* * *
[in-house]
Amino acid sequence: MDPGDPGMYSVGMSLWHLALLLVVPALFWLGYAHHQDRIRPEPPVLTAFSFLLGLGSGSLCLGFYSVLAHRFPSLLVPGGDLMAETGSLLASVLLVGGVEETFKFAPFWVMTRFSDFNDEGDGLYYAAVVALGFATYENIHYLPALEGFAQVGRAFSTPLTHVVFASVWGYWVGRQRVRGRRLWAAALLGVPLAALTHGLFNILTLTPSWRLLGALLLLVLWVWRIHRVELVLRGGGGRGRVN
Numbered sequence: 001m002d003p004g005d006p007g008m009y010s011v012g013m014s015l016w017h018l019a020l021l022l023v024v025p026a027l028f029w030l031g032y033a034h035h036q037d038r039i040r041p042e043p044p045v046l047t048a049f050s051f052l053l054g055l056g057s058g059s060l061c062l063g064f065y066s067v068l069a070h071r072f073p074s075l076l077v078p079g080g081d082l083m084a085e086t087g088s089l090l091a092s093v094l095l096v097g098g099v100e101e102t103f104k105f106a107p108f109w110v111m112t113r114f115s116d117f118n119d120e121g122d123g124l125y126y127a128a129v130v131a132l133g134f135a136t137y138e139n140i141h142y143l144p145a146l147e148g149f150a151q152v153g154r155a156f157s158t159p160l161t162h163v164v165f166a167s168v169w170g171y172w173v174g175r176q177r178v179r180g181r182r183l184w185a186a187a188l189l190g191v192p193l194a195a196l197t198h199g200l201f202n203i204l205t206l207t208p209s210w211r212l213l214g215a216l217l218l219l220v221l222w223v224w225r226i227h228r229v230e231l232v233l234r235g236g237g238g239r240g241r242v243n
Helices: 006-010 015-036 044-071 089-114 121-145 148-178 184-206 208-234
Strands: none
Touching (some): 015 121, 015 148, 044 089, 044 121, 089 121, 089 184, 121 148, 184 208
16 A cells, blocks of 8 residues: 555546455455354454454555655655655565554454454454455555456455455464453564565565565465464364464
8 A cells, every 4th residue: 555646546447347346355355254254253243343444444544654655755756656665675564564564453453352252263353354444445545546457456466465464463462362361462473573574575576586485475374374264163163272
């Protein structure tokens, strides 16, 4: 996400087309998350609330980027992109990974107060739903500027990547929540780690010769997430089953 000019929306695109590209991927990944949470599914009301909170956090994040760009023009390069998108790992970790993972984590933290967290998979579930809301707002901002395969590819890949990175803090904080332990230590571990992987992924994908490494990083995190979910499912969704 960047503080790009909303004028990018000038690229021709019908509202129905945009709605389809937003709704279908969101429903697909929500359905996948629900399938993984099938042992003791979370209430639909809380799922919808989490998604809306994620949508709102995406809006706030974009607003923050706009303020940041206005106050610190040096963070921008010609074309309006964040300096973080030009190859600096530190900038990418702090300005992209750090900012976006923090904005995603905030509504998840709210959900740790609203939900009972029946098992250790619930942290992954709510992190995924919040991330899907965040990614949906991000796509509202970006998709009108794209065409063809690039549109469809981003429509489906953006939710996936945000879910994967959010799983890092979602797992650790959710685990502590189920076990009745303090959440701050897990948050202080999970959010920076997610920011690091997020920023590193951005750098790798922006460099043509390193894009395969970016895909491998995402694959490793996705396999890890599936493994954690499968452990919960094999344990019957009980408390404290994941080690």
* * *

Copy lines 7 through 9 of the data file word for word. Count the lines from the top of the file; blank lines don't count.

16 A cells, blocks of 8 residues: 555546455455354454454555655655655565554454454454455555456455455464453564565565565465464364464
8 A cells, every 4th residue: 555646546447347346355355254254253243343444444544654655755756656665675564564564453453352252263353354444445545546457456466465464463462362361462473573574575576586485475374374264163163272
């Protein structure tokens, strides 16, 4: 996400087309998350609330980027992109990974107060739903500027990547929540780690010769997430089953 000019929306695109590209991927990944949470599914009301909170956090994040760009023009390069998108790992970790993972984590933290967290998979579930809301707002901002395969590819890949990175803090904080332990230590571990992987992924994908490494990083995190979910499912969704 960047503080790009909303004028990018000038690229021709019908509202129905945009709605389809937003709704279908969101429903697909929500359905996948629900399938993984099938042992003791979370209430639909809380799922919808989490998604809306994620949508709102995406809006706030974009607003923050706009303020940041206005106050610190040096963070921008010609074309309006964040300096973080030009190859600096530190900038990418702090300005992209750090900012976006923090904005995603905030509504998840709210959900740790609203939900009972029946098992250790619930942290992954709510992190995924919040991330899907965040990614949906991000796509509202970006998709009108794209065409063809690039549109469809981003429509489906953006939710996936945000879910994967959010799983890092979602797992650790959710685990502590189920076990009745303090959440701050897990948050202080999970959010920076997610920011690091997020920023590193951005750098790798922006460099043509390193894009395969970016895909491998995402694959490793996705396999890890599936493994954690499968452990919960094999344990019957009980408390404290994941080690």